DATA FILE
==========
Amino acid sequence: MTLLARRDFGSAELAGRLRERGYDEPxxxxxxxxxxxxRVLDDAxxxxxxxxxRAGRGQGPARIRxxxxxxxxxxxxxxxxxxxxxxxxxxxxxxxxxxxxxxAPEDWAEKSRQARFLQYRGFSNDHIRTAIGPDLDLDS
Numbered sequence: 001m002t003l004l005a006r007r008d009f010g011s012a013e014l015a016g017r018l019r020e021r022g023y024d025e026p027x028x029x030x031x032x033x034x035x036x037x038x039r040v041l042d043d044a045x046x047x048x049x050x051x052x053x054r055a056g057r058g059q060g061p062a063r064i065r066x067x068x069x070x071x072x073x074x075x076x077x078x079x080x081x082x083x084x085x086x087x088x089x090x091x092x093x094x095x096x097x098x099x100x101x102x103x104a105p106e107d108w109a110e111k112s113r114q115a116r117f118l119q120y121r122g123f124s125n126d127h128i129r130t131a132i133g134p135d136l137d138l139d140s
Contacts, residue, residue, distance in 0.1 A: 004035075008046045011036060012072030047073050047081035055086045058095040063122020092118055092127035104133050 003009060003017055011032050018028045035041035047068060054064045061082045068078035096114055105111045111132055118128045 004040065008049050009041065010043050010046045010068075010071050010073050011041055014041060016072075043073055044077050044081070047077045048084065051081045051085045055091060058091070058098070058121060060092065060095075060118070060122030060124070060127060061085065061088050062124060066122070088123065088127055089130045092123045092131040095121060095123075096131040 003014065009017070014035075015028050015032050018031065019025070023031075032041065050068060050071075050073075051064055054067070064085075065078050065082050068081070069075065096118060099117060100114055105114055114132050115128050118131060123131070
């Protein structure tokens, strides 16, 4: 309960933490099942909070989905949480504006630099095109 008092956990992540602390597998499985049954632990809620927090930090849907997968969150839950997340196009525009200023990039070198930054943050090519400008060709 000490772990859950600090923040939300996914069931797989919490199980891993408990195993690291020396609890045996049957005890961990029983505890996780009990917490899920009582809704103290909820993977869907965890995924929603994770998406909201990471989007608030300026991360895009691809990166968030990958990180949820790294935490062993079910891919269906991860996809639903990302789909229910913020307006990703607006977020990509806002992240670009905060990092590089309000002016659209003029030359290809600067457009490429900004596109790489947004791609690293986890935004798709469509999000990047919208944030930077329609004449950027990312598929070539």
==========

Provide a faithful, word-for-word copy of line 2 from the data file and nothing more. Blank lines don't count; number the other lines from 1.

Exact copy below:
Numbered sequence: 001m002t003l004l005a006r007r008d009f010g011s012a013e014l015a016g017r018l019r020e021r022g023y024d025e026p027x028x029x030x031x032x033x034x035x036x037x038x039r040v041l042d043d044a045x046x047x048x049x050x051x052x053x054r055a056g057r058g059q060g061p062a063r064i065r066x067x068x069x070x071x072x073x074x075x076x077x078x079x080x081x082x083x084x085x086x087x088x089x090x091x092x093x094x095x096x097x098x099x100x101x102x103x104a105p106e107d108w109a110e111k112s113r114q115a116r117f118l119q120y121r122g123f124s125n126d127h128i129r130t131a132i133g134p135d136l137d138l139d140s